Two students were arrested Wednesday on charges related to the beating of a professor at Washington State University last month, The Spokesman-Review reported. The attack on the professor -- which took place when he intervened in an argument -- has stunned the Washington State campus. The professor remains in critical condition. One of the students arrested was charged with rendering criminal assistance and making false statements. The other was charged with first-degree assault.
The University of Arizona Faculty Senate has approved a broadening of the definition of research to explicitly state that faculty members being considered for tenure may receive credit for technology transfer, not just traditional forms of scholarship. The change comes at a time the university leaders have vowed to increase the institution's efforts to promote economic growth and to find new sources of funds. The new definition of research states: "The university values an inclusive view of scholarship in the recognition that knowledge is acquired and advanced through discovery, integration, application and teaching. Given this perspective, promotion and tenure reviews, as detailed in the criteria of individual departments and colleges, will recognize original research contributions in peer-reviewed publications as well as integrative and applied forms of scholarship that involve cross-cutting collaborations with business and community partners, including translational research, commercialization activities and patents."
London Metropolitan University’s license to sponsor visas for international students has been restored. Citing “systemic failures” in the university’s verification and monitoring of students’ English proficiency levels, visa status and course attendance, the UK Border Agency stripped London Met of its ability to host foreign students last August. This led to a court battle and concerns about the fate of the 2,600 foreign students then enrolled.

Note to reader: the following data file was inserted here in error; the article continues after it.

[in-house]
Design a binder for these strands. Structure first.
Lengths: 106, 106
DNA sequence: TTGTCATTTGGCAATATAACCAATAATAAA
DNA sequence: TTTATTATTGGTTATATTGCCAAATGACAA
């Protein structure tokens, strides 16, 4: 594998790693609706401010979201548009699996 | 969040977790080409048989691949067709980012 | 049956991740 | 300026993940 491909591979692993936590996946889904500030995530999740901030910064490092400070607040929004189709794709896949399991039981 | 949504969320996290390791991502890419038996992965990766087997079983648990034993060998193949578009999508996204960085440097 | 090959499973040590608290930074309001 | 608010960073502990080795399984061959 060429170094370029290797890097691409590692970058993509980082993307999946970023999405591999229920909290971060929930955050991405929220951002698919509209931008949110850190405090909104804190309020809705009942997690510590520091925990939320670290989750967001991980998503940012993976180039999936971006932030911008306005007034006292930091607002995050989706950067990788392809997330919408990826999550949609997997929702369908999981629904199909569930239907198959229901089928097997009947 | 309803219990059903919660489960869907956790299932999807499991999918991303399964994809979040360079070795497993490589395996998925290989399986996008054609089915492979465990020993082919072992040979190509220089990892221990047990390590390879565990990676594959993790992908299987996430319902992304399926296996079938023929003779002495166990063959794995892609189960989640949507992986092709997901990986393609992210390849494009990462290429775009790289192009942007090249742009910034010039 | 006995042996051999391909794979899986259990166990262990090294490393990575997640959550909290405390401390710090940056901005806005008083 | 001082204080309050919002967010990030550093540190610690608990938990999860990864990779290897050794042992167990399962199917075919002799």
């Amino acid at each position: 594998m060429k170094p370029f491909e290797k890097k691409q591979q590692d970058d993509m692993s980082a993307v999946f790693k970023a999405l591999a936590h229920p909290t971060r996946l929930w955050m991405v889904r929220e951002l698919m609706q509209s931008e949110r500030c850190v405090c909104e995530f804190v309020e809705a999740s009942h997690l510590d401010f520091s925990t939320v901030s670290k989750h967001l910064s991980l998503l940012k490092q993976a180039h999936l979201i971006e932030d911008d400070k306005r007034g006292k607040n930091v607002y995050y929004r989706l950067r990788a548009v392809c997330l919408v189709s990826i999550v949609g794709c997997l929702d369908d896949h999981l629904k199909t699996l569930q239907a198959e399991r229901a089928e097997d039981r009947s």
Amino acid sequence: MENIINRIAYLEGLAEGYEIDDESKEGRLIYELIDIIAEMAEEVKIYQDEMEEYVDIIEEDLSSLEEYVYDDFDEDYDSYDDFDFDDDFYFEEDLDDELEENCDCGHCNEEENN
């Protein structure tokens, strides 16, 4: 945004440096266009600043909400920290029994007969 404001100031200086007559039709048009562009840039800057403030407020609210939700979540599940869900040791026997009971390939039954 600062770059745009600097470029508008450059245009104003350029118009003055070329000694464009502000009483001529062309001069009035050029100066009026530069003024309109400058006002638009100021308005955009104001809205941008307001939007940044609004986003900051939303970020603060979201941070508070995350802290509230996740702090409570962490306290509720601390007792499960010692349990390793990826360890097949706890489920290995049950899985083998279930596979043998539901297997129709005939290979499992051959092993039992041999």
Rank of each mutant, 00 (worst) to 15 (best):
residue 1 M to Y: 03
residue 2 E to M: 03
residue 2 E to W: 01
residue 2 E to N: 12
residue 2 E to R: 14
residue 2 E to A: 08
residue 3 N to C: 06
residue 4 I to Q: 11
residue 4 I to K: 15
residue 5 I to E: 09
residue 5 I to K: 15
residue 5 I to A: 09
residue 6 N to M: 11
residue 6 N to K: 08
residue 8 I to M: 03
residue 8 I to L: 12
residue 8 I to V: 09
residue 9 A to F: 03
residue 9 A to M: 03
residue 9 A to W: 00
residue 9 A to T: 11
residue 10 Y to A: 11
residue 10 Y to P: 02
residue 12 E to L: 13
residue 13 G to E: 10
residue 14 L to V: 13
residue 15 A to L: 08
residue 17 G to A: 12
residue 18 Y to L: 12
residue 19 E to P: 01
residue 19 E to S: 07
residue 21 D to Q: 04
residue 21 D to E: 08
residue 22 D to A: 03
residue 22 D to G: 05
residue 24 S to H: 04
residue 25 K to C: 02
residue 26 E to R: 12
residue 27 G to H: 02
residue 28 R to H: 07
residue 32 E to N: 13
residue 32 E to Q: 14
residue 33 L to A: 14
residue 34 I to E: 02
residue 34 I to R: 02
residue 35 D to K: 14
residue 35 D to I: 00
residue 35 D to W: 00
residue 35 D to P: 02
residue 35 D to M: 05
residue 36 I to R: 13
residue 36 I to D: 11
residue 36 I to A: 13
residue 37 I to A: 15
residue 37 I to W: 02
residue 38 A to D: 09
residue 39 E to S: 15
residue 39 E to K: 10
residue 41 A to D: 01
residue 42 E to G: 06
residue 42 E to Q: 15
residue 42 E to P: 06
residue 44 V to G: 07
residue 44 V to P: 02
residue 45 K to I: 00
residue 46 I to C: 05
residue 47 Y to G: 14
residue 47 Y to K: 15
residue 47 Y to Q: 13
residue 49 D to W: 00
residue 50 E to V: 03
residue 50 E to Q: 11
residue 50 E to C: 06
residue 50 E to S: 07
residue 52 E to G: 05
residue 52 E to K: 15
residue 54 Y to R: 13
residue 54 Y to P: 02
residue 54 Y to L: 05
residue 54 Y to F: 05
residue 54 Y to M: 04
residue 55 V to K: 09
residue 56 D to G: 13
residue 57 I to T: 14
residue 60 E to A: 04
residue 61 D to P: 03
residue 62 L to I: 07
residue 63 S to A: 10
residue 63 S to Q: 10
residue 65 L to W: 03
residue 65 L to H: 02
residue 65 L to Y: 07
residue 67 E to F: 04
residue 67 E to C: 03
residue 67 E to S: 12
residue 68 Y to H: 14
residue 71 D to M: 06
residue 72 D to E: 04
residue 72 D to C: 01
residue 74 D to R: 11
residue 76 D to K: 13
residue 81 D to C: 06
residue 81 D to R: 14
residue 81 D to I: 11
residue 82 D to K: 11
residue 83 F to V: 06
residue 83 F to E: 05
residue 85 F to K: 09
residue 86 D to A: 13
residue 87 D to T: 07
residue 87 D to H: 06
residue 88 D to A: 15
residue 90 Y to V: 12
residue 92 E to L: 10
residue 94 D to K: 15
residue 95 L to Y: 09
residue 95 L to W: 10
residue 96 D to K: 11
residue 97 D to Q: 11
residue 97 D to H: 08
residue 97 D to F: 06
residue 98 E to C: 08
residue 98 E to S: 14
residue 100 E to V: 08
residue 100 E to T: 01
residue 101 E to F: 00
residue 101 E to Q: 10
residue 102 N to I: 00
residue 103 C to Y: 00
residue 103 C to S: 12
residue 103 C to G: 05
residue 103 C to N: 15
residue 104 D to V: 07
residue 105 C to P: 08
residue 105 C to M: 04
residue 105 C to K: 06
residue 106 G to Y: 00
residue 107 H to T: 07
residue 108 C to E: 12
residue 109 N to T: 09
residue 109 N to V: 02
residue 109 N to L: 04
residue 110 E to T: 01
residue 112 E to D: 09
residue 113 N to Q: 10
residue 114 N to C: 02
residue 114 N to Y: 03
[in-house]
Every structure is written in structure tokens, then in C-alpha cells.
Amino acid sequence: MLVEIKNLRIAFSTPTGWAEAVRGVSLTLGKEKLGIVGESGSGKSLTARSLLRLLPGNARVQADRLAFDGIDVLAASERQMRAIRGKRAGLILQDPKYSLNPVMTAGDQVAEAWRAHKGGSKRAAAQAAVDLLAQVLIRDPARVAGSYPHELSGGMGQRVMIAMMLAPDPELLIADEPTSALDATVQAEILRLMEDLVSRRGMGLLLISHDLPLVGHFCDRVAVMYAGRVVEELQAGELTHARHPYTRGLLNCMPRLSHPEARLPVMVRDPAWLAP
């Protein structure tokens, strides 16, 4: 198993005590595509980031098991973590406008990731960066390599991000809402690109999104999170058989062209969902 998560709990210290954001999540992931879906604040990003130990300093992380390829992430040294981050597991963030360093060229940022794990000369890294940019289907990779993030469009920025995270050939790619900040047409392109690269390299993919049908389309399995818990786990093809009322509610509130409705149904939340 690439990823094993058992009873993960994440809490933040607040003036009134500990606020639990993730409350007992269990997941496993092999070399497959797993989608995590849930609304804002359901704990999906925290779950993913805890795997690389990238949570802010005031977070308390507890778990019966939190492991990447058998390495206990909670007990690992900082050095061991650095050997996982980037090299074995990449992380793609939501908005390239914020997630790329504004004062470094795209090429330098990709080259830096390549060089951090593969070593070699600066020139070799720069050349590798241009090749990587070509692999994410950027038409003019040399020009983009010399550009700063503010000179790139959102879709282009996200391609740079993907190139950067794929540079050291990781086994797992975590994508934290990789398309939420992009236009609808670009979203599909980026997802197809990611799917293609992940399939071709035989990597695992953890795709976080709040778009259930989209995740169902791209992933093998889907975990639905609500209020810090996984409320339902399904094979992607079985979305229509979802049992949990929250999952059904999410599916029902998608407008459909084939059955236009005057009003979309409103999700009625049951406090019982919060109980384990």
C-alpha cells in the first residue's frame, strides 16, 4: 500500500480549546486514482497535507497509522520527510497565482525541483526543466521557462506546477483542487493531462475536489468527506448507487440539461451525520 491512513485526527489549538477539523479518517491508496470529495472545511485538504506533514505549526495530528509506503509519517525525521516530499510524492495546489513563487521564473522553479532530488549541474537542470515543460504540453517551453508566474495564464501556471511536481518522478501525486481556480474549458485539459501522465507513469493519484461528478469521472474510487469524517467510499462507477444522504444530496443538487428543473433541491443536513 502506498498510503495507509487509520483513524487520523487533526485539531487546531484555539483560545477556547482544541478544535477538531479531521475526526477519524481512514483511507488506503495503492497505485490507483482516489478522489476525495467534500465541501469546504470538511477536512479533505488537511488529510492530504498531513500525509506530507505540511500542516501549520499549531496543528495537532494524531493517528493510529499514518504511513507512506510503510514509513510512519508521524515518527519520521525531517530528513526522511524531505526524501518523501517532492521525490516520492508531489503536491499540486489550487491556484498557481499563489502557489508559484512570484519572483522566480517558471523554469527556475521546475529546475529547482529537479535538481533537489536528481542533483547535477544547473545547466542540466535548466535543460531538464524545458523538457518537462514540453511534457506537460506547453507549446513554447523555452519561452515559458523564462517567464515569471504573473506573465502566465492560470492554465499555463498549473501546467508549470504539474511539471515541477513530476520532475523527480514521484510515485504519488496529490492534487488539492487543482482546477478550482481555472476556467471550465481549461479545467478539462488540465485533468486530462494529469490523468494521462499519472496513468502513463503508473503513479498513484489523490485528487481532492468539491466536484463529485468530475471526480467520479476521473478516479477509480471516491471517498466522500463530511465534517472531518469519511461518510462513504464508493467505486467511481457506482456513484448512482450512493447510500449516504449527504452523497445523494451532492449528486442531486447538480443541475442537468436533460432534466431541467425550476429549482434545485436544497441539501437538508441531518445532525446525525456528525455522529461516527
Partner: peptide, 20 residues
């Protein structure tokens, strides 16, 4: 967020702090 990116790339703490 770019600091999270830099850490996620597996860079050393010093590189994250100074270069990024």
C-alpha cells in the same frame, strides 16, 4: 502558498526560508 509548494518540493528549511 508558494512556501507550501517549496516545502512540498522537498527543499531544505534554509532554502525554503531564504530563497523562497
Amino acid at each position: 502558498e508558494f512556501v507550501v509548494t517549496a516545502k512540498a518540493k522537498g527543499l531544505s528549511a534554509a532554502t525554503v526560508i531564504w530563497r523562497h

The UK Border Agency said in a statement that a series of inspections over six months revealed that London Met had improved its processes. The university will be subject to a probationary period during which it will be limited on the number of international students it can enroll.
“This is excellent news for our students and our University, which looks forward to welcoming students from around the world who want to study at one of London’s most diverse academic institutions,” London Met’s vice-chancellor, Malcolm Gillies, said in a statement. The university reported that it has already attracted nearly 5,000 applications from international students for fall 2013 and will begin “a four-month promotional tour across 17 countries.”
An analysis released Tuesday by the National Center for Education Statistics found that students who took out federal loans but later dropped out had a median federal debt load equal to 35 percent of their annual income, and that dropouts from for-profit colleges borrowed the most per credit earned: $350 per credit, compared with less than $120 per credit for students in other sectors. The report looked at student debt for students who enrolled in college in the 2003-04 academic year but did not complete within six years. It also found that 21 percent of noncompleters from four-year private nonprofit colleges, and 31 percent of students from for-profit colleges who did not earn a credential, had student loan debt greater than their annual income.